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When two women characters of English literature cross paths…
Aug 09, 2019
By: Student Contributor, University Blog Team
Hey! Need help? a voice echoes. Jane trying to rub the filth from her gown, accumulating the shillings she had dropped, looks around. A girl in an all-black attire walks up to her, ‘Hey, I am Lisbeth Slander,’ she says, ‘May I help you?’ she continues. Jane looks in dismay, wondering, ‘If the nose piercings were for real and the ‘artistry’ on her body had a religious connotation if women too were allowed to have haircuts like men.’ ‘No, thank you,’ Jane replies.
Jane Eyre, an orphan living with her aunt and her cousins as a young girl, sought freedom. She was tortured, belittled and abused. The only thing that kept her spirits high was her faith in God. Also, when in school, she sought liberation and a sense of kinship. It was her encounter with Mr. Rochester when she experienced what ‘freedom’ really felt like until…’
‘May I know from which part of the country you come from,’ Jane asks. ‘Are you really keen to know?’ Lisbeth questions, ‘Are we done with this Q&A?’ she smirks. Jane, surprised, starts walking when Lisbeth interrupts, ‘Hey you, mind listening to me for some time?’ Jane nods in agreement.
Lisbeth Slander has had a traumatic childhood, she grows up to find equally cruel guardians who abuse her both physically and mentally. A world, which is judgmental to her style and attitude, blatantly ignoring her photography memory and her exceptional skills at work, her intelligence.
‘I am misinterpreted, dismissed, judged. I am looked down upon, used and misused. Why me? I have asked myself this question several times, but with no answers,’ Lisbeth says. ‘You appear the kind of person who is well-read and God has sent you to this planet to answer people’s queries,’ Lisbeth continues.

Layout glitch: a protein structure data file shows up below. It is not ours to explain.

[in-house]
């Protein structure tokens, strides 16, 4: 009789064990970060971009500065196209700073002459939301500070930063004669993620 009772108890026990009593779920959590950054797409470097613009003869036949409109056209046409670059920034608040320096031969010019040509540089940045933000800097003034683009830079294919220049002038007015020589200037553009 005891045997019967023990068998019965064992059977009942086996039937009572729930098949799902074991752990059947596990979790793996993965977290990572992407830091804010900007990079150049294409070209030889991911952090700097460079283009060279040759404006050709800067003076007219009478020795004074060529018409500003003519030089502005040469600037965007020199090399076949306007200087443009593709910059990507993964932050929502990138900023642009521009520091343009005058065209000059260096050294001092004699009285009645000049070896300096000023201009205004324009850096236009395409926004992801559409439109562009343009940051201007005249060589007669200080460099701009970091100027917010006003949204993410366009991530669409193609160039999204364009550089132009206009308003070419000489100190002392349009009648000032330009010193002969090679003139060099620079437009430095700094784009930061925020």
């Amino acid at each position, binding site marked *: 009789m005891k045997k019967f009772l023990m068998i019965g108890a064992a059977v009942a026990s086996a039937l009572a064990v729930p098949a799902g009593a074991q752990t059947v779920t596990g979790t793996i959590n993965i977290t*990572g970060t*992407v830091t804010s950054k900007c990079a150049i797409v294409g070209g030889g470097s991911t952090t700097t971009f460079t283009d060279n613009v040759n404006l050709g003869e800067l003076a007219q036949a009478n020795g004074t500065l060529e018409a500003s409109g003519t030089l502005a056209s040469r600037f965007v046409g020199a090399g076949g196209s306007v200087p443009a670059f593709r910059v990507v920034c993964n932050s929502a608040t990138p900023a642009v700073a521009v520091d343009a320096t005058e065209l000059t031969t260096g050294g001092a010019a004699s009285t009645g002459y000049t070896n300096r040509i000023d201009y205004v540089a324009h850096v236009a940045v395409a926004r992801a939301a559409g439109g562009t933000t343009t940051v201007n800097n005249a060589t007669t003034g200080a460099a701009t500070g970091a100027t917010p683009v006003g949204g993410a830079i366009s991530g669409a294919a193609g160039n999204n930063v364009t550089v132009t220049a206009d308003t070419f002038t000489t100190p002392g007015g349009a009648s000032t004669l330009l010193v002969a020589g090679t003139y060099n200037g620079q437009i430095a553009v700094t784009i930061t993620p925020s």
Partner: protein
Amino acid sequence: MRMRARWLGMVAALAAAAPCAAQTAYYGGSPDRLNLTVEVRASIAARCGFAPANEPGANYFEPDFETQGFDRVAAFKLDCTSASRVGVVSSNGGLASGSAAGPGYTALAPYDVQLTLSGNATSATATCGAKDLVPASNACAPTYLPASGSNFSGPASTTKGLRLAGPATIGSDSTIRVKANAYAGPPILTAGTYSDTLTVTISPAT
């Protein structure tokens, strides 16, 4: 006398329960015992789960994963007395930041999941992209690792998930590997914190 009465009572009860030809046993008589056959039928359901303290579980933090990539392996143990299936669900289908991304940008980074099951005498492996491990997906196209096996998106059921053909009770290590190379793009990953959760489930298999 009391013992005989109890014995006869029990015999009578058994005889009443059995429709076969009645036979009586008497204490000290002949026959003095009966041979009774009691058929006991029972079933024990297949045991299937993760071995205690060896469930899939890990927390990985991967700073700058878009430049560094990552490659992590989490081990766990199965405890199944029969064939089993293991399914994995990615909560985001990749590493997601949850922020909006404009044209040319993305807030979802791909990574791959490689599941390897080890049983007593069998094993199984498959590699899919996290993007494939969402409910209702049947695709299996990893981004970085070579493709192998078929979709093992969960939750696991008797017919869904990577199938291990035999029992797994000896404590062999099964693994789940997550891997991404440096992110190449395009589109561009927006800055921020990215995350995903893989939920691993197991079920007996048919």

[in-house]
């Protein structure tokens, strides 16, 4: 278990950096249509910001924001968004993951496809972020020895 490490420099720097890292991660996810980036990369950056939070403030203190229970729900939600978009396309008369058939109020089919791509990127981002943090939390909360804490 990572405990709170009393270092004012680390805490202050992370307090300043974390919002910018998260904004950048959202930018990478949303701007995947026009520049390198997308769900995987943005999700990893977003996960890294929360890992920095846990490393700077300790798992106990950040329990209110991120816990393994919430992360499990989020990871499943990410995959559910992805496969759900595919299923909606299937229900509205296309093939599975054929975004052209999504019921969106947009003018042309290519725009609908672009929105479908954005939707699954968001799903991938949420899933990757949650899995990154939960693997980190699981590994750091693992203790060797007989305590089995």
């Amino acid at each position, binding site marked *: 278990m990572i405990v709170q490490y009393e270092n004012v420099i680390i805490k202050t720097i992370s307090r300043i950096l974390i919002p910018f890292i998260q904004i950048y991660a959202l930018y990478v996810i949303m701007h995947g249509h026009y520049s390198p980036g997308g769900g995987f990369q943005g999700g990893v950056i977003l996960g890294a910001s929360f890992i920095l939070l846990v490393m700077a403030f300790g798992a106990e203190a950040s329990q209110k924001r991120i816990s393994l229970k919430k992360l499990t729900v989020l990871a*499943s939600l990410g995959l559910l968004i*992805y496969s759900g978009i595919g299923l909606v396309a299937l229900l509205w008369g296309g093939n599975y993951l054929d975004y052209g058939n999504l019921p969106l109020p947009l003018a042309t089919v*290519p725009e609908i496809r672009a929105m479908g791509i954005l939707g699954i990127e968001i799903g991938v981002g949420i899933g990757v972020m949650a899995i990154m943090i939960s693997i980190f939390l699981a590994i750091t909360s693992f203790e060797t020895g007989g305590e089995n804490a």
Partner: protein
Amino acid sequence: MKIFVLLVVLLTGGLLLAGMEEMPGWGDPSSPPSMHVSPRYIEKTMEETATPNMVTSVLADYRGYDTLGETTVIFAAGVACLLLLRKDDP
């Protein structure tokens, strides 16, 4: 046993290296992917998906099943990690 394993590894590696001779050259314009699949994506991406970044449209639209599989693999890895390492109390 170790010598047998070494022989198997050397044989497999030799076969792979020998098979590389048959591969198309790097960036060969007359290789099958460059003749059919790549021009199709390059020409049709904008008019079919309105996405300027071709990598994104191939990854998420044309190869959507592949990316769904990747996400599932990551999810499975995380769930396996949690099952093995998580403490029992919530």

Jane looks at Lisbeth, holds her hand says, ‘Sister, we suffer because we have a mind that does not agree to all the discriminatory societal norms. I was once brutally abused by my older cousin brother, I was punished and locked in the ‘Red room’ only because I would not apologize as I had done no wrong. I was punished at school because I would not agree with the mannerisms of my teachers at school. We…’
Lisbeth interrupts, ‘Why do we have to justify the choices we make in life, is this demanded of women only?’
Jane says, ‘I have just stepped out of a relationship. He promised all comforts, but as a ‘mistress’, I craved for kinship, but not at the stake of my integrity and self-respect. I, in all aspects, will be labeled a fool by the society I live in, for the choices I make, especially because I am a woman. However, I stand firm on my decision.’
‘You appear calm and docile, but there is an unwavering strength that I am starting to admire,’ says Lisbeth.
‘We as individuals have our own beliefs and ideologies. However, we as women are judged when we are open on our views, opinions, and choices. I hope someday society moves past these biases.”
The two women exchange glances and smile…
Jane Eyre is the protagonist of Charlotte Brontë’s 1847 novel of the same name
Lisbeth Slander is the protagonist of Stieg Larrson’s 2005 novel The Girl with the Dragon Tattoo